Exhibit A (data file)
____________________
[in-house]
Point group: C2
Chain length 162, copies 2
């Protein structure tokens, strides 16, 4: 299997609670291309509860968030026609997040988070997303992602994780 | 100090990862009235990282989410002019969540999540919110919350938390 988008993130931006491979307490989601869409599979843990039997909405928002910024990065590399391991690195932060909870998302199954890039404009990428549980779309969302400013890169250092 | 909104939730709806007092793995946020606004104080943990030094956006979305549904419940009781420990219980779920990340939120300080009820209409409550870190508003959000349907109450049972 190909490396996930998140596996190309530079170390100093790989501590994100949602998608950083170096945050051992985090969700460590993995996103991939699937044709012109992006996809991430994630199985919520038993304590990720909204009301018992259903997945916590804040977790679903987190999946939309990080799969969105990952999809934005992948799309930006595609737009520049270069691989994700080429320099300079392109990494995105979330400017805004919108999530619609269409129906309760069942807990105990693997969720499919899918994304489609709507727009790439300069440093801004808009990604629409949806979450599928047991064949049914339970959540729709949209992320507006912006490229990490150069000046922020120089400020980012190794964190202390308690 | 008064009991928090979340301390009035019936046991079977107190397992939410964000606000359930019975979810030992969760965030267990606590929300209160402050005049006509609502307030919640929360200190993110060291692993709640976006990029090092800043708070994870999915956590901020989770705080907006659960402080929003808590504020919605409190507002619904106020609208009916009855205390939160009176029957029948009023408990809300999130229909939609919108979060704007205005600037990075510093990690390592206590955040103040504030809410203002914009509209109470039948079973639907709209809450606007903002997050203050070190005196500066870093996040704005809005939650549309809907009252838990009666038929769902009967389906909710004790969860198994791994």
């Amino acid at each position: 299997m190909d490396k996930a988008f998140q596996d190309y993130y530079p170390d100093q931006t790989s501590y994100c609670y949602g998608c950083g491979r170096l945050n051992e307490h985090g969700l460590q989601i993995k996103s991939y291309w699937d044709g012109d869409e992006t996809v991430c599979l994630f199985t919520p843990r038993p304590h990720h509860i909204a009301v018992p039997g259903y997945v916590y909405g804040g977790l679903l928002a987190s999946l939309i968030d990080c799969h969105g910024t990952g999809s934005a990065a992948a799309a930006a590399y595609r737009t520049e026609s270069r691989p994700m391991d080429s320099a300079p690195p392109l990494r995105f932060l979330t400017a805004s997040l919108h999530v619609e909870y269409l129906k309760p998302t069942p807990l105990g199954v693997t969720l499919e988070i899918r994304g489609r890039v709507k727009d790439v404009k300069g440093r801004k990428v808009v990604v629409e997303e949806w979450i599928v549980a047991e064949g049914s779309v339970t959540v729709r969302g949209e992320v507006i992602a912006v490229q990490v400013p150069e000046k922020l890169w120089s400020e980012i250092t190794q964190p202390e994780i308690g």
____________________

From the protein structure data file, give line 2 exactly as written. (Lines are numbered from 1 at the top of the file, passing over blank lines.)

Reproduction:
Point group: C2